Endrin Aldehyde Brandeis-Bardin: 0.98 ppb or 1.79 TIMES AREA IV BTV

[Pesticide: https://www.atsdr.cdc.gov/toxfaqs/tf.asp?id=616&tid=114

Exposure to endrin can cause various harmful effects including death and severe central nervous system injury. Swallowing very large amounts of endrin may cause convulsions and kill you in a few minutes or hours. Exposure to high doses may result in headaches, dizziness, nervousness, confusion, nausea, vomiting, and convulsions. No long-term health effects have been noted in workers. Endrin has been found in at least 120 of the 1,430 National Priorities List sites identified by the Environmental Protection Agency (EPA).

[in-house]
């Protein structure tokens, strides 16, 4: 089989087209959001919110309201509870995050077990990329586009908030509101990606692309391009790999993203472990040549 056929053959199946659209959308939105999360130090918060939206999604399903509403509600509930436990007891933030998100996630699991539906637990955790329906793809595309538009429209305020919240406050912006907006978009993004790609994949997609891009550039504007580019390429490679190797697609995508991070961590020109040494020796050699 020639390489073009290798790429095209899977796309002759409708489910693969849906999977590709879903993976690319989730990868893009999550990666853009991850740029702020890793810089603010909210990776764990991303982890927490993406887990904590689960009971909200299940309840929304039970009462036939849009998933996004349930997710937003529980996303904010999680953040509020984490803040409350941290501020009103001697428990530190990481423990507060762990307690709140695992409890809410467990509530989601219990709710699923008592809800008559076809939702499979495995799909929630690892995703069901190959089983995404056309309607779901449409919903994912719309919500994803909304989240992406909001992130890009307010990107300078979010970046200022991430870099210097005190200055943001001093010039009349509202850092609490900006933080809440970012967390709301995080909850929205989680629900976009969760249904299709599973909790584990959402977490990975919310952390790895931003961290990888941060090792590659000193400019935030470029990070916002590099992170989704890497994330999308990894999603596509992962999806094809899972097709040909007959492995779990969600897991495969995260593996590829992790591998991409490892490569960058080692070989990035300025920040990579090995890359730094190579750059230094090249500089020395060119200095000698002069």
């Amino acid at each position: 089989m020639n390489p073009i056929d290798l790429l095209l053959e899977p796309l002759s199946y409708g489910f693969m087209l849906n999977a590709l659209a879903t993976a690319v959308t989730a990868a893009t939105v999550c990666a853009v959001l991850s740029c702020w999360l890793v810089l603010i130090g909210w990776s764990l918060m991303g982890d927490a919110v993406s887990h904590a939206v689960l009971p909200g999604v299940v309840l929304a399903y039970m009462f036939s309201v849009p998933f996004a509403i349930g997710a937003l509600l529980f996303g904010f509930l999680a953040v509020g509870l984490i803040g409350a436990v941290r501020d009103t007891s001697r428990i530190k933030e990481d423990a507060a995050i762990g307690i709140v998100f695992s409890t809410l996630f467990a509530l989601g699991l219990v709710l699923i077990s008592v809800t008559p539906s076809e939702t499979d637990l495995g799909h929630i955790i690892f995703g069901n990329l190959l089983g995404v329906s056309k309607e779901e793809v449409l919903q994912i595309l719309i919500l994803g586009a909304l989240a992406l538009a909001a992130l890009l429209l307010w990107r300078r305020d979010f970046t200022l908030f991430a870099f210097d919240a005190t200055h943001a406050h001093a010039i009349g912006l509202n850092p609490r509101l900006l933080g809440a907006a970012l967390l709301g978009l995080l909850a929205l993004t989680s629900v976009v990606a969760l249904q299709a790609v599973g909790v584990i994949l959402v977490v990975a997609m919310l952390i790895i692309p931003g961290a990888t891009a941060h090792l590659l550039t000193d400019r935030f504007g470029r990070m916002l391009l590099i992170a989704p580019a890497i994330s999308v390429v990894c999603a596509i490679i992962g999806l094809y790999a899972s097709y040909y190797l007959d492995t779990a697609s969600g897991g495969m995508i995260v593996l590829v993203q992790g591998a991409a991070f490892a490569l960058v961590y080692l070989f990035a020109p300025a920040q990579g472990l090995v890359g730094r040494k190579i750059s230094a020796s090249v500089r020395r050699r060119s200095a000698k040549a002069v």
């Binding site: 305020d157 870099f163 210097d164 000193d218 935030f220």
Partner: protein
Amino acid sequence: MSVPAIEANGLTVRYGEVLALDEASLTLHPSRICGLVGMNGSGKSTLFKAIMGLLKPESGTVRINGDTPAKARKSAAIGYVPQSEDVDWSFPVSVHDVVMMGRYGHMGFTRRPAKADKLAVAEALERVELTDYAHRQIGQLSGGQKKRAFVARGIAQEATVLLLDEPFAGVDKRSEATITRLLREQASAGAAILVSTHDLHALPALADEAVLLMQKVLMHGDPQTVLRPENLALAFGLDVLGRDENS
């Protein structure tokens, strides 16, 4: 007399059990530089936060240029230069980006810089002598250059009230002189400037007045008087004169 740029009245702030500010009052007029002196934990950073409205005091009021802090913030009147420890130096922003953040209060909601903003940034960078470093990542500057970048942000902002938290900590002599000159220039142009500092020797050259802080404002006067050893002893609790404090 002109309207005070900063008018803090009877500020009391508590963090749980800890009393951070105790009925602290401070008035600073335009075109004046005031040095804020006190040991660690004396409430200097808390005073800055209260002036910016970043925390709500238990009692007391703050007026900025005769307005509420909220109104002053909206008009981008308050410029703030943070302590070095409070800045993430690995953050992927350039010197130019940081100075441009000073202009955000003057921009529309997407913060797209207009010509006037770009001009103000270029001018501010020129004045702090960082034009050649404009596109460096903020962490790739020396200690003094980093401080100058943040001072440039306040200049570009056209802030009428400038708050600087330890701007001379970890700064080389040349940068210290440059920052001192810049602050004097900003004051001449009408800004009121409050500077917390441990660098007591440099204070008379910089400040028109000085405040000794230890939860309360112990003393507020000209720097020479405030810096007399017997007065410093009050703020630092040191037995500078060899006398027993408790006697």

What is endrin?
Endrin is a solid, white, almost odorless substance that was used as a pesticide to control insects, rodents, and birds. Endrin has not been produced or sold for general use in the United States since 1986.


“The persistence of endrin in the environment depends highly on local conditions. Some estimates indicate that endrin can stay in soil for over 10 years.” AND “You may be exposed to endrin in air, water, or soil if you live near a hazardous waste site.”]


FLUORANTHENE BTV: Drainage 2.87 ppb
Fluoranthene Brandeis-Bardin: 6.9 ppb or 2.4 TIMES AREA IV BTV